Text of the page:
Meanwhile, in recent decades, a smaller percentage of unemployed people have used the program. This is partly a marketing problem. Whereas pay stubs reliably inform workers how much of their check was withheld for the benefit of Social Security and Medicare, unemployment taxes don’t come out of the employee’s side of the payroll in many states. In these instances, workers pay into the program indirectly, in the form of slightly lower wages. The difference in states where employees do pay directly—such as Alaska, Pennsylvania, and New Jersey—is substantial. O’Leary says that the reminder on their pay stubs that they’ve paid in to the unemployment insurance kitty contributes to the relatively high rates of unemployed people in those states who receive this compensation. “If you lose your job, you’re gonna go down [to the unemployment office] and get it,” he says.

The overall diminishing recipiency rates among the public reflect the diminishing quality of the unemployment insurance systems themselves, as state programs have generally become both less generous and more difficult to use. O’Leary’s report, along with other research from the National Employment Law Project, shows how states have disqualified workers from eligibility, shortened eligibility periods, reduced pay, and erected bureaucratic hurdles that make it more challenging to apply in the first place. 

For instance, under then-Governor Rick Scott, Florida implemented a new unemployment website that made it harder to apply for benefits amid the recovery from the last recession. Like many other states, North Carolina has reduced the duration of benefits from 26 to 10 weeks, while increasing waiting periods before recipients receive benefits. Meanwhile, according to the Associated Press, many state unemployment systems still rely on COBOL, a “near-obsolete” 1970s-era programming language. In some states, when users forget their password online, they receive the information by which to update it in the mail.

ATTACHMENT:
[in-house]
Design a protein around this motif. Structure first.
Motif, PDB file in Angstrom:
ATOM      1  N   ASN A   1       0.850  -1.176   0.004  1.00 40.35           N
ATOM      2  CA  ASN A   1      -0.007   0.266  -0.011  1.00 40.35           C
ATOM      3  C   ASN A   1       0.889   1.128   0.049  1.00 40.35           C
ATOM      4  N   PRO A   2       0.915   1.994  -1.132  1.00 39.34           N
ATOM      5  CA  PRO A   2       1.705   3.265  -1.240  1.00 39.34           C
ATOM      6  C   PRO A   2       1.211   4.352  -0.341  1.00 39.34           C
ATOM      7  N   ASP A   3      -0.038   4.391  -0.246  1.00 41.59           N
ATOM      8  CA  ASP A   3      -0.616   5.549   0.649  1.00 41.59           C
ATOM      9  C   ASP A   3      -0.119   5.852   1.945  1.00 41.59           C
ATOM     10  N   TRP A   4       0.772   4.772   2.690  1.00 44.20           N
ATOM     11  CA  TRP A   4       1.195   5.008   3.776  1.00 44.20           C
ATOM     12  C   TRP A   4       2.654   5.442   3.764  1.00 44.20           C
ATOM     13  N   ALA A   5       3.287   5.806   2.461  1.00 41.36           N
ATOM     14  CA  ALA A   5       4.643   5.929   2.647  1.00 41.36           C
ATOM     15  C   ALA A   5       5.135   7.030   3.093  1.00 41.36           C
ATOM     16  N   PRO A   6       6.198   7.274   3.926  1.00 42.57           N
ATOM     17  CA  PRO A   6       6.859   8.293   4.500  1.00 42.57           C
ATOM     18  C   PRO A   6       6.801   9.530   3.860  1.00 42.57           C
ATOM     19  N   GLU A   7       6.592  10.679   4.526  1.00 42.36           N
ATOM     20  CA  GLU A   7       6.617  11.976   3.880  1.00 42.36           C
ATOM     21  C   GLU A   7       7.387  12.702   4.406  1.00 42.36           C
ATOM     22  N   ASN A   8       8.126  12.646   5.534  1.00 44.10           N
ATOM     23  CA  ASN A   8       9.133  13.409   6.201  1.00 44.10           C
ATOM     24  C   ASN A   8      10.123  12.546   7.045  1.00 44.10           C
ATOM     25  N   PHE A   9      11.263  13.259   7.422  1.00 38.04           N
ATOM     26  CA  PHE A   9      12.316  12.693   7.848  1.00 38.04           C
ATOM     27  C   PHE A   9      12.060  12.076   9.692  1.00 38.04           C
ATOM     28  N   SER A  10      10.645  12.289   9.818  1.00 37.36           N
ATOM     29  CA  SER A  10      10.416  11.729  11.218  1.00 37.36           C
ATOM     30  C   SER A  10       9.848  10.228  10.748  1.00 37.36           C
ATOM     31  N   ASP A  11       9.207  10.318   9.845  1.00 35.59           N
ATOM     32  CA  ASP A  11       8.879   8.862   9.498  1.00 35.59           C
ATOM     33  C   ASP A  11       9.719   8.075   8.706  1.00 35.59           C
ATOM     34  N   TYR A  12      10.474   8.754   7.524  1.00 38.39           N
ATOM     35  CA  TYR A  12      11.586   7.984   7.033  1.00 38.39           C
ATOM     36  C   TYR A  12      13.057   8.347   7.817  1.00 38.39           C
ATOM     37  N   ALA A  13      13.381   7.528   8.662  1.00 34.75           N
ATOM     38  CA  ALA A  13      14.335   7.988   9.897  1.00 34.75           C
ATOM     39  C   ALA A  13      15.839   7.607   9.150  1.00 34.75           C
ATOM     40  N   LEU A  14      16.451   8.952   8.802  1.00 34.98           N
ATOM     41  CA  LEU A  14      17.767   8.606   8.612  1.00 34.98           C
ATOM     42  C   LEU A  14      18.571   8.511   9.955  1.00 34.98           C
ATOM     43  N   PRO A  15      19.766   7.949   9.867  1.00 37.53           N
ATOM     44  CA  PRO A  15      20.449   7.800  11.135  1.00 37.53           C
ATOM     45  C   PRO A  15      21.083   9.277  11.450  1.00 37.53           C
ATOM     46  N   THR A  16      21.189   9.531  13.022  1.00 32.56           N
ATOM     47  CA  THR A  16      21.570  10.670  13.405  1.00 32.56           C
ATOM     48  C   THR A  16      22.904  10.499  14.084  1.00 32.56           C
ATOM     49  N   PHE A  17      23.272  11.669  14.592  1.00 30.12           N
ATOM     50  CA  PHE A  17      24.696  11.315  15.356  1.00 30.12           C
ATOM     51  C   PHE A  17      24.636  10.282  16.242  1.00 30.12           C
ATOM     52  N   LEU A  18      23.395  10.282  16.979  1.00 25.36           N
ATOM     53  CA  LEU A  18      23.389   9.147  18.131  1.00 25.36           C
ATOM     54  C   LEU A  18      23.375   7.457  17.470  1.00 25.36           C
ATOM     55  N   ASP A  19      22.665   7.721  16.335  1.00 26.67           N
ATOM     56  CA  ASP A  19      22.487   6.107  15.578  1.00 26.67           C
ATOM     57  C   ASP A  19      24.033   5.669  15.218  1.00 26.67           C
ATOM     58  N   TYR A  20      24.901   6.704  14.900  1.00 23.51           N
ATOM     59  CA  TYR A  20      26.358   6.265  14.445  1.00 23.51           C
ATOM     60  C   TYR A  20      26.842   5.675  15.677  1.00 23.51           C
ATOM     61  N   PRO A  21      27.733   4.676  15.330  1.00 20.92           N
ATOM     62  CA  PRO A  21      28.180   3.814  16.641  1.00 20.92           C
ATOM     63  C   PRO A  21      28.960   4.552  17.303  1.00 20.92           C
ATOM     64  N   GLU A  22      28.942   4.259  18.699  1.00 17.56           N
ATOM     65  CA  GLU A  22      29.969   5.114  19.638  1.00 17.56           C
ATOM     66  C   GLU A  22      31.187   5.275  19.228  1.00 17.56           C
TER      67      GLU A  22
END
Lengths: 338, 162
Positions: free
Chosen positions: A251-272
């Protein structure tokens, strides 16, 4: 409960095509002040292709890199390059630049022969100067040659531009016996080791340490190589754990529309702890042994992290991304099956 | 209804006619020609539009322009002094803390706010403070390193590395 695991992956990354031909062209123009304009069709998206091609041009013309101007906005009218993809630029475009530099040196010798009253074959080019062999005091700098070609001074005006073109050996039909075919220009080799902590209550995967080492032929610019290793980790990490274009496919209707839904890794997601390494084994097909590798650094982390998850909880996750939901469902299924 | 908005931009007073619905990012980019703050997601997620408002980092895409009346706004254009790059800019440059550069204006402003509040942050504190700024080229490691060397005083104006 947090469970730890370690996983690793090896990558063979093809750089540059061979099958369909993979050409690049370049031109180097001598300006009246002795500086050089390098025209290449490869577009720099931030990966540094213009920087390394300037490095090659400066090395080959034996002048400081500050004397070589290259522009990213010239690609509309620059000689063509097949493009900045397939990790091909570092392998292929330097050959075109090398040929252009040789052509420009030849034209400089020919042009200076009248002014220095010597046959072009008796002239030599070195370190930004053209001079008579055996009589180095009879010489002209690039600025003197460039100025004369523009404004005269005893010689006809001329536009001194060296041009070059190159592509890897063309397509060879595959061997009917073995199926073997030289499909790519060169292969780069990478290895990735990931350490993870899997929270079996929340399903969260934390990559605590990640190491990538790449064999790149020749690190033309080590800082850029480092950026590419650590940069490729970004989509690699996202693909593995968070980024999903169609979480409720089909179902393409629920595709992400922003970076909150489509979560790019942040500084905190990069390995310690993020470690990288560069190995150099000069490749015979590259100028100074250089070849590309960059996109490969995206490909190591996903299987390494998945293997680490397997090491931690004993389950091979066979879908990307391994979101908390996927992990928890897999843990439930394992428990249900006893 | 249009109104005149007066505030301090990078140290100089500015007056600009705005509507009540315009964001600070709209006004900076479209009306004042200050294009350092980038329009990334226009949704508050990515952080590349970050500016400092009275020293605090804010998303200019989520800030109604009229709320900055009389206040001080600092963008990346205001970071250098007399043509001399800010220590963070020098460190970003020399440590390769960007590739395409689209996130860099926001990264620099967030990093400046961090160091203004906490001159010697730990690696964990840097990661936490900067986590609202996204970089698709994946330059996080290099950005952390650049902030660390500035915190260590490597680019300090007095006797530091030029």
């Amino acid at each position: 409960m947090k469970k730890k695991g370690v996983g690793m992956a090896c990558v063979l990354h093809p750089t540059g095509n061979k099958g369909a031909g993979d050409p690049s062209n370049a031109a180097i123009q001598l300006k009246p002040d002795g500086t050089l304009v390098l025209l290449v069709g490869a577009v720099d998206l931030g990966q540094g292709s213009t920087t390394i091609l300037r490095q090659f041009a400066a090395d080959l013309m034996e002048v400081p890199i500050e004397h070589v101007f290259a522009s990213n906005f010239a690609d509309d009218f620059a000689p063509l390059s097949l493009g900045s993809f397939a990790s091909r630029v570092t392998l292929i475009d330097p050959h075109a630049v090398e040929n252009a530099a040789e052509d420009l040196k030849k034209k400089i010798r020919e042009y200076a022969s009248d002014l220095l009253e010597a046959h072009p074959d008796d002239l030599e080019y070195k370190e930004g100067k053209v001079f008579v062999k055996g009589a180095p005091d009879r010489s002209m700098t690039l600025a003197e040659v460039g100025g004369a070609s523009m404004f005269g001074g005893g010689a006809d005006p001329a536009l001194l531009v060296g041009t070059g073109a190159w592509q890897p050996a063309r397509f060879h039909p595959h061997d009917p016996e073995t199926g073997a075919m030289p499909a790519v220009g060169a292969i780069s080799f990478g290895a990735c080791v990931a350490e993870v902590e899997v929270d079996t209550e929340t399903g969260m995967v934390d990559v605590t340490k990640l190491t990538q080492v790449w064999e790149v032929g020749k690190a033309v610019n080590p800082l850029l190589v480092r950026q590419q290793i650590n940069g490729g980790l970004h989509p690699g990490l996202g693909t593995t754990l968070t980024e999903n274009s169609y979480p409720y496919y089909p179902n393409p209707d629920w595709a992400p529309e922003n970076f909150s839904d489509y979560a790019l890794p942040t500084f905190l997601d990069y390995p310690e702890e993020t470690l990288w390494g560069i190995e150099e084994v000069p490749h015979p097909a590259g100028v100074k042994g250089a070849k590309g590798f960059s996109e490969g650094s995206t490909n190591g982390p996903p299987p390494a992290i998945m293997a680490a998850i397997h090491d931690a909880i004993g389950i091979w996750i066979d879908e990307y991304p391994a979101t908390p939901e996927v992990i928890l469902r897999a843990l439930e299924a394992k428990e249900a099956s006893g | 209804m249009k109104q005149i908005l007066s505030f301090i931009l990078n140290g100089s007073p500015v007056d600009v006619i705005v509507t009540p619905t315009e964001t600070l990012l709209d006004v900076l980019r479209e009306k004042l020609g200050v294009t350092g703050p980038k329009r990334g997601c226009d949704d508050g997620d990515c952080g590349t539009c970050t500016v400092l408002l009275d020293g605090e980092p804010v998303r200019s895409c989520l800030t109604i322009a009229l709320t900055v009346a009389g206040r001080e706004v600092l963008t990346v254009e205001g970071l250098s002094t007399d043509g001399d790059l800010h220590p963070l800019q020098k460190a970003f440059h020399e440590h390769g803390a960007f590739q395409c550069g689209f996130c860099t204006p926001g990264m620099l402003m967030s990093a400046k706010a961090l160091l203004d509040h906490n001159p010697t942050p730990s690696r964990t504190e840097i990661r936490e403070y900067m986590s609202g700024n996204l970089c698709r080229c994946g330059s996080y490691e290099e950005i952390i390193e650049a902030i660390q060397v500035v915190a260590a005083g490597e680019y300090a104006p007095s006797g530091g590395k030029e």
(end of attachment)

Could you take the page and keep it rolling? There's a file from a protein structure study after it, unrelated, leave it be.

Congress has not enacted a major reform to the unemployment insurance program in decades. Yet when the coronavirus crisis struck, leaving millions unemployed, it had few alternatives at the ready. While the “Fed has plenty of ways to quickly divert spending toward financial institutions and big corporations,” wrote Robin Kaiser-Schatzlein, “there are few mechanisms in place for getting money into the hands of people, no free public banks to disburse cash into, or dedicated Federal Reserve discount lending windows for small businesses.” 

The unemployment insurance program’s nationwide implementation woes, from interminable wait lines to arbitrary-seeming rejections, have been legion—if predictable. Shayla McKnight, a bartender and mother of three, told The New Republic that she has been “treading water” for more than a month after dine-in service ended at the Log Cabin Bar and Grill in Lacey, Washington. For a few weeks in August 2019, McKnight had worked a side gig at a nearby bar that has since gone out of business, but which the state of Washington still seems to think currently employs her. As a result of this bureaucratic snafu, she’s been unable to obtain unemployment benefits, she said, despite daily attempts to prove her eligibility. In this infuriating and highly stressful ritual, she is far from alone. Of every 10 people who successfully applied for unemployment insurance benefits in recent weeks, more than six either tried to apply and failed in the attempt, found the process itself too daunting to complete, or were rewarded for navigating the system by having their application rejected.

What’s more, the rules of this ad hoc system, hastily jury-rigged at the last moment by federal and local governments, have made for an awkward fit for those employed as contract labor. An East Coast–based freelance writer, newly eligible for unemployment insurance under the CARES Act, told me he has been making fewer pitches to editors since getting his unemployment insurance benefits, which he thinks would no longer pay out if his income in a given week crossed a certain threshold. But even as he’s struggled to find work on account of frozen freelance budgets, he’s reluctant to stop pitching altogether: His career had been “on an upward trajectory” in recent years, netting him north of $30,000 annually. Thus, despite feeling some initial moral quandaries over adapting his work habits to keep receiving benefits, he’s taken the pragmatic approach and targeted his pitches at “prestige” publications that might offer compensation high enough to make getting knocked off unemployment for a week or two worth his while.